Bringing us into this world for as long as we can remember

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Mother’s Day was once a celebration without commercials from jewelers and chocolate companies and can be traced to festivities practiced all over the world.

Arguably the oldest record of a Mother’s Day comes from the ancient Greek and Roman goddess of fertility Cybele, or Magna Marta, and the celebration Hilaria, which still takes place during the month of March. According to the Oxford English dictionary, the original celebration involved over two weeks of merriment and a bull sacrifice.

The Buddhists in Taiwan also have an ancient tradition of celebrating Mother’s Day in addition to two other holidays: Buddha Day and Tzu Chi Day. The celebration of all three stems from the belief in the three fields of wisdom. Mother’s Day is to celebrate the field of gratitude, thankfulness and honor, while Buddha Day and Tzu Chi day is for the field of reverence and compassion, respectively.

In India, the Hindu people celebrate for ten days in a festival called Durga Puja. Durga is the name of a goddess who protects the people from evil also known as the universal mother.

Nepal celebrates Mother’s Day with “Mata Tirtha Aunshi,” or the mother pilgrimage fortnight, which is similar to the American tradition to visit mothers the second Sunday in May, although this journey references Lord Krishna’s mother Devaki.

In England, Mother’s Day and the Mothering Sunday celebrations are commonly confused. The tradition began back when it was custom to visit their home or mother church once a year on the fourth Sunday of Lent. Children and servants worked and lived very far from home, so the celebration became an opportunity for the family to reunite once a year. It is said that the children would pick up flowers from the countryside on their way home to give to their mother. The celebration is often called Simnel Sunday because of the traditional fruit cake covered in marzipan traditionally eaten around the same time.

Alex Taylor, a public health major from Sandy, served his mission in England and has since visited several times.

“Brits are less sentimental than Americans, but cards are a big deal over there on Mother’s day,” Taylor said.

Germany and France during the 1920s, had the lowest birthrates in Europe as reported by VoxEU.org, a research based policy analysis website. According to Michelle Muton, a historian and writer of a book on Nazi intervention on motherhood, Germany began awarding the Mother’s Cross or MutterKreuz, depending on how many children they had. “Muttertag” was once a day to celebrate the idealized standard of a woman. It was not until the American influence that Mother’s Day became what it is today in Germany.

Similarly in France, the holiday was once celebrated to elevate the birthrate. France now celebrates much the same way as the U.S. but traditionally will receive a cake in the shape of a bouquet of flowers.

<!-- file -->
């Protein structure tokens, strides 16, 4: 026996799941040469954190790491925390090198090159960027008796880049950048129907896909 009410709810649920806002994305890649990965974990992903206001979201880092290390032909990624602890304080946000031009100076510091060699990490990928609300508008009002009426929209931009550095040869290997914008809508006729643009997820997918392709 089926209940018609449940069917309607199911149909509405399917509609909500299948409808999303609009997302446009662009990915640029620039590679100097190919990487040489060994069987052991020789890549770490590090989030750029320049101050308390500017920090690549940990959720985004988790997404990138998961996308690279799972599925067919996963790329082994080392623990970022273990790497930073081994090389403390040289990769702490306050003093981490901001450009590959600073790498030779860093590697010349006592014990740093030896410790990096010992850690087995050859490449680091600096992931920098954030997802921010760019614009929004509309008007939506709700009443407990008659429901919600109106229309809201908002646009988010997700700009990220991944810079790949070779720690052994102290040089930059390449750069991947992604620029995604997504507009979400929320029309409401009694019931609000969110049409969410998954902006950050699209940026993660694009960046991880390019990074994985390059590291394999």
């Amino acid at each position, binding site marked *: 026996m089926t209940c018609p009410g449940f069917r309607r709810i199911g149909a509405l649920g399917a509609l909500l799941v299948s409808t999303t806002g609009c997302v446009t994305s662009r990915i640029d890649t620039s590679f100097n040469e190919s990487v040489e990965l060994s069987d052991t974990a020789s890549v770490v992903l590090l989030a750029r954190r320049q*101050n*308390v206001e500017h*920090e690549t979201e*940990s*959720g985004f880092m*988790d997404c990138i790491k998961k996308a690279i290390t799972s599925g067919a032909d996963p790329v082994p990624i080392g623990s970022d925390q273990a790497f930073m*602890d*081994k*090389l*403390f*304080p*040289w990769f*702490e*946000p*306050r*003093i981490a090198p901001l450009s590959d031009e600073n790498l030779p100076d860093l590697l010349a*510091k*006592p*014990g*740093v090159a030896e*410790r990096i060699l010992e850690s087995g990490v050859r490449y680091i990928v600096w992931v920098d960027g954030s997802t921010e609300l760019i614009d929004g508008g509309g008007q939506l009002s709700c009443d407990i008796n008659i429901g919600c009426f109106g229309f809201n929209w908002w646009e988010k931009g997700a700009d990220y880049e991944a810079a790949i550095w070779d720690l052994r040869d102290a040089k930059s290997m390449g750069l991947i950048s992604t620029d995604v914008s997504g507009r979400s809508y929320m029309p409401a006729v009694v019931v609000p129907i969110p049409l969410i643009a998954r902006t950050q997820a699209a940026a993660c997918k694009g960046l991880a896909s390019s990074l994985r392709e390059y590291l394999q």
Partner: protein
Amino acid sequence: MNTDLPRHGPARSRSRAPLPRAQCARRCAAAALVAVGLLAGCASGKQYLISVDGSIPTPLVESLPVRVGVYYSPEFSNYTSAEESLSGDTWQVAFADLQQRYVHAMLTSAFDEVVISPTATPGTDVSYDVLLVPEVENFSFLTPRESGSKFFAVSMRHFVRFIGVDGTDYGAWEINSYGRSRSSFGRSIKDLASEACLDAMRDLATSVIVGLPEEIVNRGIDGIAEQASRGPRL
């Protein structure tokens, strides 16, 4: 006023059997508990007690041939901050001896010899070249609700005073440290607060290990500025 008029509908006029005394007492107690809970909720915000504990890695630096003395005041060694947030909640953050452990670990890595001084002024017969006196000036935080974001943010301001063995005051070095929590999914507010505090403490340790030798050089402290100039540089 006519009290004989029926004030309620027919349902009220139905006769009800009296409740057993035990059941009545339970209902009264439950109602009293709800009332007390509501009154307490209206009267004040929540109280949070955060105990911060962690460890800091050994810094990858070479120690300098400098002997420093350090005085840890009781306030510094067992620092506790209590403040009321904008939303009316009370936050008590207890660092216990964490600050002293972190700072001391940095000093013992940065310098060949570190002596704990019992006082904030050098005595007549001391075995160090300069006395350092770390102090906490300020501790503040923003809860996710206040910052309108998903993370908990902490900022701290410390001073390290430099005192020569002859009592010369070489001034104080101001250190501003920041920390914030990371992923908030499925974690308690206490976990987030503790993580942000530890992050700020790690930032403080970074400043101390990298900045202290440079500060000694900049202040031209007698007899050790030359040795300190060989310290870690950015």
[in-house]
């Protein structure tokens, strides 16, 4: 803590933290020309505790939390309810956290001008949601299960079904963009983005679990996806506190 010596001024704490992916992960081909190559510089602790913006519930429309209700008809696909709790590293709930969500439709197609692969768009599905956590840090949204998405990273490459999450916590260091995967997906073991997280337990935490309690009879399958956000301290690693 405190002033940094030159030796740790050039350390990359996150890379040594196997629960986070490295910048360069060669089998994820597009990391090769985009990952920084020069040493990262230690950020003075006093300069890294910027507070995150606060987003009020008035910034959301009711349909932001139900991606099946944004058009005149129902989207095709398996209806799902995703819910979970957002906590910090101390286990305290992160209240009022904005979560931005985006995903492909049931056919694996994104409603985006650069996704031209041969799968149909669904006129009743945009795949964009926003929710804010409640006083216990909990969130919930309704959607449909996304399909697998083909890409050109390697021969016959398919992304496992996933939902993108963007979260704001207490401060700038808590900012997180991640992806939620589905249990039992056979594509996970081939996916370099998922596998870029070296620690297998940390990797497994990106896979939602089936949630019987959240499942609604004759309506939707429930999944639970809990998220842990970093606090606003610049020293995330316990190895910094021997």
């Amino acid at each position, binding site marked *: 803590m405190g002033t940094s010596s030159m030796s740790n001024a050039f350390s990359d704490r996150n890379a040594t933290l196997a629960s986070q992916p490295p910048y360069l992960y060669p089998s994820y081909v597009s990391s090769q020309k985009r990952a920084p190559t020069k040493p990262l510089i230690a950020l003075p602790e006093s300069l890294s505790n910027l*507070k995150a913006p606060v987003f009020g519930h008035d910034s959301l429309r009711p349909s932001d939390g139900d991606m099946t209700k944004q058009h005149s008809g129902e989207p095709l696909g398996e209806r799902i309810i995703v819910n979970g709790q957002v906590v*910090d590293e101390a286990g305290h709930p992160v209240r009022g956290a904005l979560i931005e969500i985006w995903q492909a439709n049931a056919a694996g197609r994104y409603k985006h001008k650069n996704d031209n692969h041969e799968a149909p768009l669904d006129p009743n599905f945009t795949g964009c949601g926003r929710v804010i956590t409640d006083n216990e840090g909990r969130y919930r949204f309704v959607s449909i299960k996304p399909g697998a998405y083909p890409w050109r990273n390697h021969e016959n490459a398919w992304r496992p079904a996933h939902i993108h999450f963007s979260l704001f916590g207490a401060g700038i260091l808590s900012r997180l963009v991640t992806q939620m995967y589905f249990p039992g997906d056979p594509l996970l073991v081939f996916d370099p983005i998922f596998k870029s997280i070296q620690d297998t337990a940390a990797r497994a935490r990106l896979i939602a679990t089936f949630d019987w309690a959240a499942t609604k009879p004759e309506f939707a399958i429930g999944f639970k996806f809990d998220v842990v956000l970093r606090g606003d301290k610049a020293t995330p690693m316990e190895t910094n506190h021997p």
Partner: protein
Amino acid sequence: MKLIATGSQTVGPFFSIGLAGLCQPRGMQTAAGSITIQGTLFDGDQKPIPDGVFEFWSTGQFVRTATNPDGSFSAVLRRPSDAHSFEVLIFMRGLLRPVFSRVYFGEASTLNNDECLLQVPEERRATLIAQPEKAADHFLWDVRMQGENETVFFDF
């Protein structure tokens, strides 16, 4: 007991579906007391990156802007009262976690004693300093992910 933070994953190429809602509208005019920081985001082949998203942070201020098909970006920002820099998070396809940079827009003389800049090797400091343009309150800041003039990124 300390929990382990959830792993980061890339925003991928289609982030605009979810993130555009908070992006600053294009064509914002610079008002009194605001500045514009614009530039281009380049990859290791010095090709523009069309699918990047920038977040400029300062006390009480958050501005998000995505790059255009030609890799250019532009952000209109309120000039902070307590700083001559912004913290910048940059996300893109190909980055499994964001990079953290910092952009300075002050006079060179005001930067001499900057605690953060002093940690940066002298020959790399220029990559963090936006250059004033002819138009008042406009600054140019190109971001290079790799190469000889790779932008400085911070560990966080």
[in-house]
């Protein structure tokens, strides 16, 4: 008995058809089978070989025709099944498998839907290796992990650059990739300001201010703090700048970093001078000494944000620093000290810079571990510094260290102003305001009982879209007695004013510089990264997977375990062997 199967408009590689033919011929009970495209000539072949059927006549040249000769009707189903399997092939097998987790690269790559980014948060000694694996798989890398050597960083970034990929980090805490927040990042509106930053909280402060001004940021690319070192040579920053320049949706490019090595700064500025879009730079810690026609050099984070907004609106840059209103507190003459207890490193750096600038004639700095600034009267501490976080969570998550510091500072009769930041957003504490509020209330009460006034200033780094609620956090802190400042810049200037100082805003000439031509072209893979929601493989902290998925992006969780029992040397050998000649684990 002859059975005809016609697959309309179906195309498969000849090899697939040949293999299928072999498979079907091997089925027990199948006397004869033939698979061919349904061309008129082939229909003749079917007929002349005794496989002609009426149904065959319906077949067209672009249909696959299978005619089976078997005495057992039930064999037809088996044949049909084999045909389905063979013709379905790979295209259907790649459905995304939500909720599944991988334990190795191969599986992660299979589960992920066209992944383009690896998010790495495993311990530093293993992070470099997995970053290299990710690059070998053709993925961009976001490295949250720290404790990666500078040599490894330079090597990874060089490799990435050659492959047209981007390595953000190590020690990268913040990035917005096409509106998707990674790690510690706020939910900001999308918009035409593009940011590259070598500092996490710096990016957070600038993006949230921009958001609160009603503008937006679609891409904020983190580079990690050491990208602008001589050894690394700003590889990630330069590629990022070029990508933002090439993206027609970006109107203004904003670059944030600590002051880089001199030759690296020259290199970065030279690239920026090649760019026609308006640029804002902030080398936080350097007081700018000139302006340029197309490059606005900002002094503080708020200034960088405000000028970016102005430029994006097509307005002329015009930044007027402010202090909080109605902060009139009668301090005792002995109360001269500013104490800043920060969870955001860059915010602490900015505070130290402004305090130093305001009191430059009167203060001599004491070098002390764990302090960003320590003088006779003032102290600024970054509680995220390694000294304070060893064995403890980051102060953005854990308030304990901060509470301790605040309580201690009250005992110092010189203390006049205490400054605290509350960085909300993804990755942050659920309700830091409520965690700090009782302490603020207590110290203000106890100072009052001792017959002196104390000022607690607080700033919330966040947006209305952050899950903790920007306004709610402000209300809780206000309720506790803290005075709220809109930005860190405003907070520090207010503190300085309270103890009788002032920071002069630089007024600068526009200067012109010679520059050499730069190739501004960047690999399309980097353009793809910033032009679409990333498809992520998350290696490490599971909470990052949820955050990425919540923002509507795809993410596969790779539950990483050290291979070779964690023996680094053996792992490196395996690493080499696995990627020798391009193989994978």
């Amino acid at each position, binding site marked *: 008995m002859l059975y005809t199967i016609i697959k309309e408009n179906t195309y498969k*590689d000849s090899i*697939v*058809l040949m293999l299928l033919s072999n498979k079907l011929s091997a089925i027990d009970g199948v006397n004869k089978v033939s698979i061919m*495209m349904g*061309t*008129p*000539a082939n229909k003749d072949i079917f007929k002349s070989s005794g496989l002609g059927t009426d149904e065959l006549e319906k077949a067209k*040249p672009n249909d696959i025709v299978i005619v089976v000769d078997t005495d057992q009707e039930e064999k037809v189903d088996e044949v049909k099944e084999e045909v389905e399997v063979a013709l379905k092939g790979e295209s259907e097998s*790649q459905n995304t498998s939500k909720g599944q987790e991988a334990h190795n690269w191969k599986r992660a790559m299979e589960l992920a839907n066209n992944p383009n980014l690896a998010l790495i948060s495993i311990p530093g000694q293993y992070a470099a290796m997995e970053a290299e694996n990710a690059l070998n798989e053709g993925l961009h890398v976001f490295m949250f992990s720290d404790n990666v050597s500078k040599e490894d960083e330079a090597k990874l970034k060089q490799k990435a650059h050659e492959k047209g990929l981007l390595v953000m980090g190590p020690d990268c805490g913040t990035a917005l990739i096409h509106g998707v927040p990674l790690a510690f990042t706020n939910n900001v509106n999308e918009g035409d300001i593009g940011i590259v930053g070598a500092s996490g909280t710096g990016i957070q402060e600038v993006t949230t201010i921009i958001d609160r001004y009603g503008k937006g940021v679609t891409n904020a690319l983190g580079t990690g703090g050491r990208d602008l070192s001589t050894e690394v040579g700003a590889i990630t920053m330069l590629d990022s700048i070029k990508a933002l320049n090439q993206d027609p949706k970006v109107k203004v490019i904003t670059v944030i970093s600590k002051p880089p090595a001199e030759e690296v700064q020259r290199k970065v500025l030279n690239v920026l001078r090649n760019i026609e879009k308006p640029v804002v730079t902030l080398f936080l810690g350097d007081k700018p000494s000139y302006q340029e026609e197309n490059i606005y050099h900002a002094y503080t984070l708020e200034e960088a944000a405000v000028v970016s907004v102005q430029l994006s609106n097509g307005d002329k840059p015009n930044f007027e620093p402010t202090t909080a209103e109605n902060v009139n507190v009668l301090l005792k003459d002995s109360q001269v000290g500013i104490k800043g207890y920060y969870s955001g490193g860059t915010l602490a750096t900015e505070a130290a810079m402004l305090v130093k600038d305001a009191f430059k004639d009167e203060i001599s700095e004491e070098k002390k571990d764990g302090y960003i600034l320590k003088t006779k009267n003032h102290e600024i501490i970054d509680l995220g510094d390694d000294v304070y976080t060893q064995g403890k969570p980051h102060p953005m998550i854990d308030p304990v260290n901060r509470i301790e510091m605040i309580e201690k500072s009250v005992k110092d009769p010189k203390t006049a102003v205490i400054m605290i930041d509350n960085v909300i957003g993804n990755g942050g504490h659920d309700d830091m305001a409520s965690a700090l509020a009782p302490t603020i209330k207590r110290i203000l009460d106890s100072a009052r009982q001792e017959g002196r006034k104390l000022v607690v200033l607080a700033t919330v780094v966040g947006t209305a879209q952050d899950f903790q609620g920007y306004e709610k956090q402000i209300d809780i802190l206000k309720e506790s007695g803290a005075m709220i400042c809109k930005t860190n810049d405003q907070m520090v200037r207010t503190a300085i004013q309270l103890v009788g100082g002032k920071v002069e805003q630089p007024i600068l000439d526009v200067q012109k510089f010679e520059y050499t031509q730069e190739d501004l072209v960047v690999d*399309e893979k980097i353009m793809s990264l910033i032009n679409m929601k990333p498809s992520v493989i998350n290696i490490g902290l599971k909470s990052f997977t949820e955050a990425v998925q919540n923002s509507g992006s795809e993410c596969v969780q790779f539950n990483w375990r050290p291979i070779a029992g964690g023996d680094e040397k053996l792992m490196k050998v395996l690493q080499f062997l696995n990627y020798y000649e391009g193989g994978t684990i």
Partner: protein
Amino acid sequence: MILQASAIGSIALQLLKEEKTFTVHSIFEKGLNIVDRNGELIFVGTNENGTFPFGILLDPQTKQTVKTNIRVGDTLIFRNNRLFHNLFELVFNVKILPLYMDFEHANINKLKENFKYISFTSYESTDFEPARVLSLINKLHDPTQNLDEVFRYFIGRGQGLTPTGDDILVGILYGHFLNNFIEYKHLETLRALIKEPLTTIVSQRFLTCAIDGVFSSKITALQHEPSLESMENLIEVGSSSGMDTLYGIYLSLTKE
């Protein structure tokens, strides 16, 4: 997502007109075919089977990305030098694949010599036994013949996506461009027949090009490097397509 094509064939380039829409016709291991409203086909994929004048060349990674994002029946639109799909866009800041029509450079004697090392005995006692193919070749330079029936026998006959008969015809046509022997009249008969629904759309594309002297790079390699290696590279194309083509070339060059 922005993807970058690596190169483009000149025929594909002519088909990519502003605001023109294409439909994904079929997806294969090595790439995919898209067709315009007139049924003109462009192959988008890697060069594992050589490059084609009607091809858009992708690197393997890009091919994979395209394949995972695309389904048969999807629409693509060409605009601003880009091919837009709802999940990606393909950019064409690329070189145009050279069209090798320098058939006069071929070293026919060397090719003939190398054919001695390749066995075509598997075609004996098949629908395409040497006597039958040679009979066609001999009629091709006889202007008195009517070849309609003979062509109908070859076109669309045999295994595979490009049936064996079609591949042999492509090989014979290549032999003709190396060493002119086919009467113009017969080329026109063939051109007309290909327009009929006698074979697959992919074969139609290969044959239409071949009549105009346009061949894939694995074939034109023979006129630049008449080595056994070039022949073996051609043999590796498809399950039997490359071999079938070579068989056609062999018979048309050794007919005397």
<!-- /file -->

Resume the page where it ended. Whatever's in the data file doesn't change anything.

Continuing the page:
Flowers are a traditional Mother’s Day gift in many countries around the world. An article written in the China Daily indicated that, although the western culture has affected many of their celebrations, the Chinese people still hold on to ancient traditions. They have transitioned from celebrating with carnations, the tradition flower given on Mother’s Day in western culture, to lilies; which were planted by Chinese mothers when children left home.  Australian mothers are traditionally given chrysanthemums because of their natural blooming season and because the common term for ‘mother’ down under is “mum.” The Red Cross sells plastic flowers in Sweden to help needy mothers and their children.

Perhaps one of the more humorous ways to celebrate Mother’s Day is in Yugoslavia, where the event is a three-part series. On the first Sunday in December, parents tie up their children until the children promise to be good. The following Sunday it is the mother’s turn to be tied up until she promises to give her children candy and gifts. The third Sunday the father is tied up until he promises presents that are eventually seen Christmas Day.

In Spain, where Michael Cureton, a finance major is currently studying, the holiday is celebrated in coordination with the catholic day of the Immaculate Conception, the day the Virgin Mary was conceived.

“From what I’ve seen, they use it as a time to bring the whole family together and enjoy a meal and each others company,” said Cureton.

It does not seem to matter where you are in the world, Mother’s Day has a long tradition of flowers, homemade art and tying mother up until she gives you treats. Although the latter may not be widely practiced, flowers, gifts and phone calls are traditionally accepted. So wherever you are in the world, don’t forget your mother brought you into it.

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